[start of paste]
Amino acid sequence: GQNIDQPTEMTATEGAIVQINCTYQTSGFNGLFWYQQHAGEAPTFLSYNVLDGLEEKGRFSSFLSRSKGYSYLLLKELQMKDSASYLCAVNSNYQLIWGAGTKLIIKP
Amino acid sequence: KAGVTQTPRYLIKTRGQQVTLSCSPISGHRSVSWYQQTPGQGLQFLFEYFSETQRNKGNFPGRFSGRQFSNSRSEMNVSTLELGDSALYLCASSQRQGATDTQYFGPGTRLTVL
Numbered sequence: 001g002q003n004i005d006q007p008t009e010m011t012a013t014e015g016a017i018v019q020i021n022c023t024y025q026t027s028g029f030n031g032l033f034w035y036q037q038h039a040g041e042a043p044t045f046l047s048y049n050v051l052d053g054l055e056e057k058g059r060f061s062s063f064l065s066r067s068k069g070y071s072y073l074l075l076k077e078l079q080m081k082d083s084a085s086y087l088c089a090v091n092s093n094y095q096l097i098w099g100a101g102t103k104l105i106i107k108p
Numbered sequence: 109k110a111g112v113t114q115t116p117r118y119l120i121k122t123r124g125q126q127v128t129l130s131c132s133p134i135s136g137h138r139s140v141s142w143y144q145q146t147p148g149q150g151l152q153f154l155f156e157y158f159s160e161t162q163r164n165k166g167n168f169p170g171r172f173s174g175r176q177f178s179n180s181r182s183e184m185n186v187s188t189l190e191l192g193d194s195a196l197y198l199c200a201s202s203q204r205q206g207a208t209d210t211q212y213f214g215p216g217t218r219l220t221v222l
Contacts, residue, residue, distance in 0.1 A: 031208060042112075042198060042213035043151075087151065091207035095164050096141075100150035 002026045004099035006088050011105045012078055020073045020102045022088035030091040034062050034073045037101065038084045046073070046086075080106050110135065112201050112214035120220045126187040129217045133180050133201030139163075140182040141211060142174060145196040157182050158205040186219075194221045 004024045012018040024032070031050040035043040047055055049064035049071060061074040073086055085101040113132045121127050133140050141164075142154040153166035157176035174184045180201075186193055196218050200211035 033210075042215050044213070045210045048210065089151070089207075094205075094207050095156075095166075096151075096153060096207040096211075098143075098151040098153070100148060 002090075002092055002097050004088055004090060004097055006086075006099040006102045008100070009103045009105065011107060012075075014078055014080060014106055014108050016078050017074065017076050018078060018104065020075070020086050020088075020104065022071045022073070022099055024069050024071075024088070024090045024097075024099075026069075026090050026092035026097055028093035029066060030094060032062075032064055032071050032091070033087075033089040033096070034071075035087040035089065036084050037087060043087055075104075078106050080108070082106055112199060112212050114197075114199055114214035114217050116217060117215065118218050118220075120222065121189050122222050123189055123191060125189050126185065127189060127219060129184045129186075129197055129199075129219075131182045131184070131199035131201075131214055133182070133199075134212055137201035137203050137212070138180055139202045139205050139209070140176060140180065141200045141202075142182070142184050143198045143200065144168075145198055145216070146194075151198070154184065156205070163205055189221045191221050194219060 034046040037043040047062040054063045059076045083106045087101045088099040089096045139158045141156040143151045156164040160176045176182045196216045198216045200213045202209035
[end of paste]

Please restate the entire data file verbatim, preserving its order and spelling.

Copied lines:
Amino acid sequence: GQNIDQPTEMTATEGAIVQINCTYQTSGFNGLFWYQQHAGEAPTFLSYNVLDGLEEKGRFSSFLSRSKGYSYLLLKELQMKDSASYLCAVNSNYQLIWGAGTKLIIKP
Amino acid sequence: KAGVTQTPRYLIKTRGQQVTLSCSPISGHRSVSWYQQTPGQGLQFLFEYFSETQRNKGNFPGRFSGRQFSNSRSEMNVSTLELGDSALYLCASSQRQGATDTQYFGPGTRLTVL
Numbered sequence: 001g002q003n004i005d006q007p008t009e010m011t012a013t014e015g016a017i018v019q020i021n022c023t024y025q026t027s028g029f030n031g032l033f034w035y036q037q038h039a040g041e042a043p044t045f046l047s048y049n050v051l052d053g054l055e056e057k058g059r060f061s062s063f064l065s066r067s068k069g070y071s072y073l074l075l076k077e078l079q080m081k082d083s084a085s086y087l088c089a090v091n092s093n094y095q096l097i098w099g100a101g102t103k104l105i106i107k108p
Numbered sequence: 109k110a111g112v113t114q115t116p117r118y119l120i121k122t123r124g125q126q127v128t129l130s131c132s133p134i135s136g137h138r139s140v141s142w143y144q145q146t147p148g149q150g151l152q153f154l155f156e157y158f159s160e161t162q163r164n165k166g167n168f169p170g171r172f173s174g175r176q177f178s179n180s181r182s183e184m185n186v187s188t189l190e191l192g193d194s195a196l197y198l199c200a201s202s203q204r205q206g207a208t209d210t211q212y213f214g215p216g217t218r219l220t221v222l
Contacts, residue, residue, distance in 0.1 A: 031208060042112075042198060042213035043151075087151065091207035095164050096141075100150035 002026045004099035006088050011105045012078055020073045020102045022088035030091040034062050034073045037101065038084045046073070046086075080106050110135065112201050112214035120220045126187040129217045133180050133201030139163075140182040141211060142174060145196040157182050158205040186219075194221045 004024045012018040024032070031050040035043040047055055049064035049071060061074040073086055085101040113132045121127050133140050141164075142154040153166035157176035174184045180201075186193055196218050200211035 033210075042215050044213070045210045048210065089151070089207075094205075094207050095156075095166075096151075096153060096207040096211075098143075098151040098153070100148060 002090075002092055002097050004088055004090060004097055006086075006099040006102045008100070009103045009105065011107060012075075014078055014080060014106055014108050016078050017074065017076050018078060018104065020075070020086050020088075020104065022071045022073070022099055024069050024071075024088070024090045024097075024099075026069075026090050026092035026097055028093035029066060030094060032062075032064055032071050032091070033087075033089040033096070034071075035087040035089065036084050037087060043087055075104075078106050080108070082106055112199060112212050114197075114199055114214035114217050116217060117215065118218050118220075120222065121189050122222050123189055123191060125189050126185065127189060127219060129184045129186075129197055129199075129219075131182045131184070131199035131201075131214055133182070133199075134212055137201035137203050137212070138180055139202045139205050139209070140176060140180065141200045141202075142182070142184050143198045143200065144168075145198055145216070146194075151198070154184065156205070163205055189221045191221050194219060 034046040037043040047062040054063045059076045083106045087101045088099040089096045139158045141156040143151045156164040160176045176182045196216045198216045200213045202209035